Earmarking is still alive despite reforms from the new Democratic majority the practice of anonymously slipping pet projects into legislation became a symbol of the GOP's time in the majority. Now, the new Republican minority is rolling up its sleeves and planning to block future earmarks by using parliamentary procedure. (McClatchy Newspapers, The Hill)

Just in time for the Senate’s no-confidence vote, the Washington Post reports that half of the immigration judges appointed since 2004 had no experience in immigration law, while one third of the appointees were Republicans or insiders with the current administration.

Via Think Progress: Former Justice official Daniel Metcalfe speaks about his resignation this past January, claiming Gonzales treated the Department as a “political arm of the White House.” (Atlanta Journal-Constitution)

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A majority of Democrats in the Senate are ready to cast a symbolic vote of no confidence against Attorney General Alberto Gonzales today, the Associated Press reports.

So far Republicans are offering meager support for the resolution and it's unclear whether backers of the unusual manuever will even find the 60 votes needed to close debate on the resolution and bring it up for a vote.

No one is predicting that a symbolic resolution expressing no confidence in Gonzales will survive even the test vote Monday. Most Republicans are likely to vote no, dismissing the whole exercise as a ploy to embarrass President Bush.


But would a vote even embarrass the president?

"They can have their votes of no-confidence but it's not going to make the determination about who serves in my government," Bush said Monday. "This process has been drug out a long time. ... It's political."


Whether successful or not, such a vote will at least bring discussion of Gonzales to the Senate floor after five months of Congressional inquiry into the Department of Justice and the firing of at least nine US attorneys.

The vote could be a final effort for Senate Democrats to oust Gonzales and show their commitment to the ongoing investigation.

"If all senators who have actually lost confidence in Attorney General Gonzales voted their conscience, this vote would be unanimous," said Sen. Charles Schumer, D-N.Y., who authored the resolution with Sen. Diane Feinstein, D-Calif. "We will soon see where people's loyalties lie."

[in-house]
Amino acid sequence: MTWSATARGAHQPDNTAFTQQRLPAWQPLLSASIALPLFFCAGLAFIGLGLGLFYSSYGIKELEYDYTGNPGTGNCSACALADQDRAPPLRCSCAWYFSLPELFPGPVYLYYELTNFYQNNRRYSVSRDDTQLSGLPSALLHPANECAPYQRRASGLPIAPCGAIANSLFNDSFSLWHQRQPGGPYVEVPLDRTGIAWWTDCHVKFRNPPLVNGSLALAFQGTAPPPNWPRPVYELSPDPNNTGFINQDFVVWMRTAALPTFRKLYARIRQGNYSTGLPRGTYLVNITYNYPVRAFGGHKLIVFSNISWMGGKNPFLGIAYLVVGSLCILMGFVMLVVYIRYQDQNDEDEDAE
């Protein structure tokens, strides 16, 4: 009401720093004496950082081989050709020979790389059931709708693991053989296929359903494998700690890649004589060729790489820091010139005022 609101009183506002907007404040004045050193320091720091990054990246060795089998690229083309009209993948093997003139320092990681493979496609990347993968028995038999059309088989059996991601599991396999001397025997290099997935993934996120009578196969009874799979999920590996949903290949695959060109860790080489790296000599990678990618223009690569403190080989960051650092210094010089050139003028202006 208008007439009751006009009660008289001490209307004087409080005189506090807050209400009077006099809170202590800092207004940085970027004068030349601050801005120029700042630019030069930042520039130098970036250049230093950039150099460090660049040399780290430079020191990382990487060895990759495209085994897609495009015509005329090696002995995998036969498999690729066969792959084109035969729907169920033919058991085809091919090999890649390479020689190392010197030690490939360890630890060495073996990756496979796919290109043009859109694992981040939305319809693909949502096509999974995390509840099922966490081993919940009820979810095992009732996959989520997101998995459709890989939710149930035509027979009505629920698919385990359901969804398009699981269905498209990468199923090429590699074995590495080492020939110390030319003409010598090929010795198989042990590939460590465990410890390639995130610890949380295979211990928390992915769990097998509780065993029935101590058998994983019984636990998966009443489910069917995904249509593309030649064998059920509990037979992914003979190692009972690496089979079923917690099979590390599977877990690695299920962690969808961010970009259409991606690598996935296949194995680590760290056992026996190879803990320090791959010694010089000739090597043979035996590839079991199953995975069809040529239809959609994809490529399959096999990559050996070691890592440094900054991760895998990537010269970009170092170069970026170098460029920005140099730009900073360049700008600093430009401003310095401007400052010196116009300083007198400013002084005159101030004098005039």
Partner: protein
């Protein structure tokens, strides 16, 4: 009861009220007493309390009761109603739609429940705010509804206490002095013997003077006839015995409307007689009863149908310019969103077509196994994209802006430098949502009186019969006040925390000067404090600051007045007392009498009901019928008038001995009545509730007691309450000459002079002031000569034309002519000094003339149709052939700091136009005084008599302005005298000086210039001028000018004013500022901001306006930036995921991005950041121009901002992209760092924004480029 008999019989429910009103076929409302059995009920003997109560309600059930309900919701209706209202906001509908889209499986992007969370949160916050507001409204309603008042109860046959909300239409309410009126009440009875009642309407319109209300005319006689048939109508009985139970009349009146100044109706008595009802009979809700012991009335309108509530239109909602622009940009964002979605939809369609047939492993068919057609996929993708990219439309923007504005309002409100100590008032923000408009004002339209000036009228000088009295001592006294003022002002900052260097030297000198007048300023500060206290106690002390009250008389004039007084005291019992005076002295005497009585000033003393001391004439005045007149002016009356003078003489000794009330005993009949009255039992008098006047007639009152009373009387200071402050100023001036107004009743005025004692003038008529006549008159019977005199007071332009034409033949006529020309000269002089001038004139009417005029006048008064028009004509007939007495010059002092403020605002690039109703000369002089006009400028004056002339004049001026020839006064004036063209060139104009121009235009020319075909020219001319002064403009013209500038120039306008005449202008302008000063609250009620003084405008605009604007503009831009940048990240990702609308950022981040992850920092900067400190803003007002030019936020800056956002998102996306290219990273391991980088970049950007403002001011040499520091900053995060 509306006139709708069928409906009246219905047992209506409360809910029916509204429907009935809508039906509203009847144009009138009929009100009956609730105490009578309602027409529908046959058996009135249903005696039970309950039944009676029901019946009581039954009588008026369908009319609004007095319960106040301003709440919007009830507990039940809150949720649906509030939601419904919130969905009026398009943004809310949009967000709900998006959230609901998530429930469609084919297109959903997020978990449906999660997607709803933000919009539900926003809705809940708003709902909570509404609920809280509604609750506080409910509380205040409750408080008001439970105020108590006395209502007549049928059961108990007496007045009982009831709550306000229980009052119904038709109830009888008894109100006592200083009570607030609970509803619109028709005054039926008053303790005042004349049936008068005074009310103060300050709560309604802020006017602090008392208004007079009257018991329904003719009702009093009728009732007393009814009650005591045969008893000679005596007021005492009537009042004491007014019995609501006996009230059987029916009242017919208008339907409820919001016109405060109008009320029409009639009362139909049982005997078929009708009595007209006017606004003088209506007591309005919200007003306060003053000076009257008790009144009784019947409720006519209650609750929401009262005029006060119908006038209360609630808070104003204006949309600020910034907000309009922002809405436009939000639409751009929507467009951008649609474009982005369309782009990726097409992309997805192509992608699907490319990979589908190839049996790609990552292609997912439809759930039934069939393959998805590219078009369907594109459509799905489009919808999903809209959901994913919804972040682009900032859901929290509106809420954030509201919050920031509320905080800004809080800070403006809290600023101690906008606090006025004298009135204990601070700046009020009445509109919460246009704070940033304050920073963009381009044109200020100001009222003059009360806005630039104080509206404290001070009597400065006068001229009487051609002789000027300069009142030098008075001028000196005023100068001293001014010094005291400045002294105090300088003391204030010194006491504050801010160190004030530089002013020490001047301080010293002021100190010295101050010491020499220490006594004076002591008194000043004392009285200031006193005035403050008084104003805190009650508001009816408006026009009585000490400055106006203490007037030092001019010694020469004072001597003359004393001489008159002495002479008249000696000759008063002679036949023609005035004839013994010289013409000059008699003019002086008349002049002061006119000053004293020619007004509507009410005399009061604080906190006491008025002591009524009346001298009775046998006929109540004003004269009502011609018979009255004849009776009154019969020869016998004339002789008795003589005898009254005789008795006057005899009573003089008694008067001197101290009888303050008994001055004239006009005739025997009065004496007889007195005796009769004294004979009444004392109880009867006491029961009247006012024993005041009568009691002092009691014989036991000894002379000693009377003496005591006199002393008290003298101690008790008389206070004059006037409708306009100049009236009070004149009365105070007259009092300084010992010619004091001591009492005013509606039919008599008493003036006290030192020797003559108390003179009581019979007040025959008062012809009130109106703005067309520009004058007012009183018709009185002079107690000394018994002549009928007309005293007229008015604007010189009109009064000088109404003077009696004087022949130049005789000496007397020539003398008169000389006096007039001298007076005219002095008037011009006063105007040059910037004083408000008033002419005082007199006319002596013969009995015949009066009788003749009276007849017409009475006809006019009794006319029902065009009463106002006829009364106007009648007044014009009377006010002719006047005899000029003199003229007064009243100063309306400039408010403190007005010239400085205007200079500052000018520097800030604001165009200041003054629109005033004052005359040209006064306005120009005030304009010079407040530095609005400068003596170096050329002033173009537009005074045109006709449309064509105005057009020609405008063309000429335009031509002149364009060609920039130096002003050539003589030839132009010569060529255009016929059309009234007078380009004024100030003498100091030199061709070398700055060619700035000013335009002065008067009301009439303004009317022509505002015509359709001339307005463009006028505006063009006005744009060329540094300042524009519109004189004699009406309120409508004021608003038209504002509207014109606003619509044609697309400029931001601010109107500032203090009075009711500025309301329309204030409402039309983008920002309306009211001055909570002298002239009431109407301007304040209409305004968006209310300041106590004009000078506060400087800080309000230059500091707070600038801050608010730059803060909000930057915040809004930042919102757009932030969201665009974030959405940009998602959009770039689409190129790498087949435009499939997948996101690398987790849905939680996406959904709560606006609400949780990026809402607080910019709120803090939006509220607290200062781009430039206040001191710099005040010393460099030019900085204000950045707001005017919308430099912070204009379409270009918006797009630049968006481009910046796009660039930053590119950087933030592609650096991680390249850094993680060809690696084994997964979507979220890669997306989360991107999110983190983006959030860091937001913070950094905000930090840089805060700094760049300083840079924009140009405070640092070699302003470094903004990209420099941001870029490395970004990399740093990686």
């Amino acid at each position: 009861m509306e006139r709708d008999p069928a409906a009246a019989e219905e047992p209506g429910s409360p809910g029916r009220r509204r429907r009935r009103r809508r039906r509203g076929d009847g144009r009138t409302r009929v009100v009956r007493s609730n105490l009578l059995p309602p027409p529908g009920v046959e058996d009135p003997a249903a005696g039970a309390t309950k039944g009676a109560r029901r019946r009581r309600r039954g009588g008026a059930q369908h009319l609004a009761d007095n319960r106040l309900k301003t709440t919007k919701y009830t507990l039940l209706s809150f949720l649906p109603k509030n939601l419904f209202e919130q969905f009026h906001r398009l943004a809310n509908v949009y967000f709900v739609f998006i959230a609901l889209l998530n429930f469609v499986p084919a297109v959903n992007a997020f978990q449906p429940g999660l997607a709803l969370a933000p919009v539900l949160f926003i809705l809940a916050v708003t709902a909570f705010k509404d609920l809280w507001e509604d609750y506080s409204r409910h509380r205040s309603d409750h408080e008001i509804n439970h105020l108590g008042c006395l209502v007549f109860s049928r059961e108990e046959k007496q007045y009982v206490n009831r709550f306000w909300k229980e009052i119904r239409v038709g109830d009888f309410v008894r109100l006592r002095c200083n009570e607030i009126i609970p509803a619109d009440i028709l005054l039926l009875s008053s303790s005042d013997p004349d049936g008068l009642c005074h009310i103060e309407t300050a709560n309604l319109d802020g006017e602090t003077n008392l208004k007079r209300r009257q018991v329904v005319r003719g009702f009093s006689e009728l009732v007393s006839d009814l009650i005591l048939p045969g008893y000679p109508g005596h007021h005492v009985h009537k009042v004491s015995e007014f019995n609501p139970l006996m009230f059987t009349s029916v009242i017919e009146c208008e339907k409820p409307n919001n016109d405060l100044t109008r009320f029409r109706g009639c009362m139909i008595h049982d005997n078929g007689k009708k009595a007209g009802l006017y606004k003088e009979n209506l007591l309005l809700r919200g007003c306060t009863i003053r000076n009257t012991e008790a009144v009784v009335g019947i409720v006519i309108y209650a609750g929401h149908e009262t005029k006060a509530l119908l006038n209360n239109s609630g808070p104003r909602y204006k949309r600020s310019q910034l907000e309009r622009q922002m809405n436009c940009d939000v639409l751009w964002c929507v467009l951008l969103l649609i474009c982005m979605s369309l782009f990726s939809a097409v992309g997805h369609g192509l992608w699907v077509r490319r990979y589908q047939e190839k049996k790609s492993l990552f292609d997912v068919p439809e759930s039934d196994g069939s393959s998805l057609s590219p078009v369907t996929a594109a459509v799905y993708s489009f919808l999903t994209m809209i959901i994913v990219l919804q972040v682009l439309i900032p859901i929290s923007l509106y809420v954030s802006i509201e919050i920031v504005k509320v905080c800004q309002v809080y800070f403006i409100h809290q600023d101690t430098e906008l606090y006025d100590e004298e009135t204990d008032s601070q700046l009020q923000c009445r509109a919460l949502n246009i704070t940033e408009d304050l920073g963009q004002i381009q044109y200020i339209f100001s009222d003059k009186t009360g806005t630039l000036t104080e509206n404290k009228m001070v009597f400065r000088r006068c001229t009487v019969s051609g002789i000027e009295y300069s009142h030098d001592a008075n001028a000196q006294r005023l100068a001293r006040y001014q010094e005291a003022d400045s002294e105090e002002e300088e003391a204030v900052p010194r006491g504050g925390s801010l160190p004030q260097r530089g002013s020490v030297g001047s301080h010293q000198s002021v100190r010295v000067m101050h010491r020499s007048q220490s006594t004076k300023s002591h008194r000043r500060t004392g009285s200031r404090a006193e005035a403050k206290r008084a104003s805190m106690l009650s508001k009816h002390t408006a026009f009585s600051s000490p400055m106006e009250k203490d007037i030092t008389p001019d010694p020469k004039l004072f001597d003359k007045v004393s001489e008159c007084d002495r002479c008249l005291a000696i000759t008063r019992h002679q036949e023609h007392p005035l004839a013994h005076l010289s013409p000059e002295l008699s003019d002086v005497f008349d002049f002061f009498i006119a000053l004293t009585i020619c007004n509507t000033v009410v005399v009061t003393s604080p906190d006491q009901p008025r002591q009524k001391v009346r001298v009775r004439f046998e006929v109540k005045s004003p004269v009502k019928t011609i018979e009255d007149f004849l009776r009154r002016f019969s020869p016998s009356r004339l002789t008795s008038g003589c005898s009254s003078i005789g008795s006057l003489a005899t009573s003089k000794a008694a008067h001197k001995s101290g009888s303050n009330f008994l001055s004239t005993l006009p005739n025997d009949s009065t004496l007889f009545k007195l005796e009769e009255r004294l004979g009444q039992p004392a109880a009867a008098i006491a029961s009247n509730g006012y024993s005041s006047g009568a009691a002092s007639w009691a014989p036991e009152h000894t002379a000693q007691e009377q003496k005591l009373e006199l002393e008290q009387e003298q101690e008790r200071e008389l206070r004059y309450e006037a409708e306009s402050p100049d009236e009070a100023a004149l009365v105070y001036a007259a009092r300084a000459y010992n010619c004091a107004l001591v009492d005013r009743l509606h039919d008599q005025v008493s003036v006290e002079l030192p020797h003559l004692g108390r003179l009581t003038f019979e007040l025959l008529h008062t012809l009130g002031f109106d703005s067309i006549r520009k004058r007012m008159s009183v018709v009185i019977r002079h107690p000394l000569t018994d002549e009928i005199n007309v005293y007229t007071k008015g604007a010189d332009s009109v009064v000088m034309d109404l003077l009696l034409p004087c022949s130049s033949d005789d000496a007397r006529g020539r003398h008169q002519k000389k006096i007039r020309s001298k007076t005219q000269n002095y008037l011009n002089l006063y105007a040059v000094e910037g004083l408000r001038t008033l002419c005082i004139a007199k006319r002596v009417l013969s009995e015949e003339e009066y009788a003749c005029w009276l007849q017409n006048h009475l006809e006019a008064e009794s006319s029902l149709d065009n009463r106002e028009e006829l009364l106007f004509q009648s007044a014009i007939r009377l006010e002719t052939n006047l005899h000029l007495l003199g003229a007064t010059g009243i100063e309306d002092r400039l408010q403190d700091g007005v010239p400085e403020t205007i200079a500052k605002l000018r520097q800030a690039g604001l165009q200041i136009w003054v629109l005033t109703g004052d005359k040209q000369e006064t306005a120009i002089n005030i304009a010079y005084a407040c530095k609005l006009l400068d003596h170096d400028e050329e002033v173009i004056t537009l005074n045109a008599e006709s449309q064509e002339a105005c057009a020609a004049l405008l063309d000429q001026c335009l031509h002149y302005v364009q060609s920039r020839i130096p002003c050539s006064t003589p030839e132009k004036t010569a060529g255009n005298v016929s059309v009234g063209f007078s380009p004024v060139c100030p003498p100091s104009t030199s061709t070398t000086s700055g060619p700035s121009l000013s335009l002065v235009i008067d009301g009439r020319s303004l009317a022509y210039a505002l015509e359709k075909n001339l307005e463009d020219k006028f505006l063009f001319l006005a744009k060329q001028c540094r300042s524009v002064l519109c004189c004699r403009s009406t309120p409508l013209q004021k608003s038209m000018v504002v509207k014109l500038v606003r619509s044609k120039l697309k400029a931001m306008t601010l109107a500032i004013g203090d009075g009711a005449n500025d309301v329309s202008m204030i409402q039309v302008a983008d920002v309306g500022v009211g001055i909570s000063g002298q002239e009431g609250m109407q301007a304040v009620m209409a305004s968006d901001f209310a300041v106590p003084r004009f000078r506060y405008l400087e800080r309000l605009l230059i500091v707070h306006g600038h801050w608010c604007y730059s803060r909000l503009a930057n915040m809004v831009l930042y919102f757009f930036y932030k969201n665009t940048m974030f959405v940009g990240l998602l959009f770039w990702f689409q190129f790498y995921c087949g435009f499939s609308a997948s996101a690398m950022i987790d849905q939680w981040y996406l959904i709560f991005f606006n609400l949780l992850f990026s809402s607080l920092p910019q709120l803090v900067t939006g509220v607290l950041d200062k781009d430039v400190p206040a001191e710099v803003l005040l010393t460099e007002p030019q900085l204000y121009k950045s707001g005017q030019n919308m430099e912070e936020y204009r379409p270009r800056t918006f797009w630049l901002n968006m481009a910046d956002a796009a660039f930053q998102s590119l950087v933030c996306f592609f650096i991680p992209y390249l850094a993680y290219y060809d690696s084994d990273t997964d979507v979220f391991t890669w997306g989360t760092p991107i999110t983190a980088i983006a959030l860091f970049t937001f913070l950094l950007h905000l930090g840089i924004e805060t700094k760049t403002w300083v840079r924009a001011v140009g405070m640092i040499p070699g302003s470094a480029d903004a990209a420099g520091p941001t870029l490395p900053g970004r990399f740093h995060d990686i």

Is the U.S.-allied Sunni tribal alliance against al-Qaeda in Iraq fracturing?

One of the bright spots in Iraq has been the recent tribal shift in Anbar Province against al-Qaeda. Started after al-Qaeda declared an "Islamic State of Iraq" -- alternative translations put it as the "Islamic Emirate of the Land of the Two Rivers," implying that statehood is a religiously illegitimate concept -- last fall, over 25 tribes decided that al-Qaeda's severe vision for Anbar threatened their interests more than the U.S. occupation does. As a result, tribal leaders created the Anbar Salvation Council, a political alliance that worked with the U.S. against al-Qaeda; and ever since, the U.S. military has reported increasing numbers of killed or captured al-Qaeda affiliates. The tribes have also sent their young men to join the Iraqi army and police, but they also retain a military wing that the U.S. has equipped and worked with, leading some analysts -- and military officers -- to worry about the creation of yet another militia.

Recently, however, strains have been on display in the Anbar Salvation Council. A key figure in its creation, Sheikh Abdul Sattar al-Rishawi, has been alienating some of the other tribes through his enthusiastic cooperation with the U.S. and his heavy-handed graft. al-Rishawi denies any such rift, but the Washington Post reports:

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The Council of Europe report provides the first-ever glimpse of what took place inside the CIA's secret detention facilities in Poland and Romania. It's not a complete account -- the report attributes its information to "current and former detainees, human rights advocates, or people who have worked in the establishment or operations of CIA secret prisons" -- but it's by far the most complete account available. Here's a selection of what conditions in the so-called "black sites" were like:

Clothes were cut up and torn off; many detainees were then kept naked for several weeks. ...

At one point in 2004, eight persons were being kept together at one CIA facility in Europe, but were administered according to a strict regime of isolation. Contact between them through sight or sound was forbidden... and prevented unless it was expressly decided to create limited conditions where they could see or come into contact with one another because it would serve (the CIA's) intelligence-gathering objectives to allow it. ...

The air in many cells emanated from a ventilation hole in the ceiling, which was often controlled to produce extremes of temperature: sometimes so hot that one would gasp for breath, sometimes freezing cold.

Many detainees described air conditioning for deliberate discomfort.

Detainees were exposed at times to over-heating in the cell; at other times drafts of freezing breeze.

Detainees never experienced natural light or natural darkness, although most were blindfolded many times so they could see nothing....

There was a shackling ring in the wall of the cell, about half a metre up off the floor. Detainees' hands and feet were clamped in handcuffs and leg irons. Bodies were regularly forced into contorted shapes and chained to this ring for long, painful periods.


All italics in the original.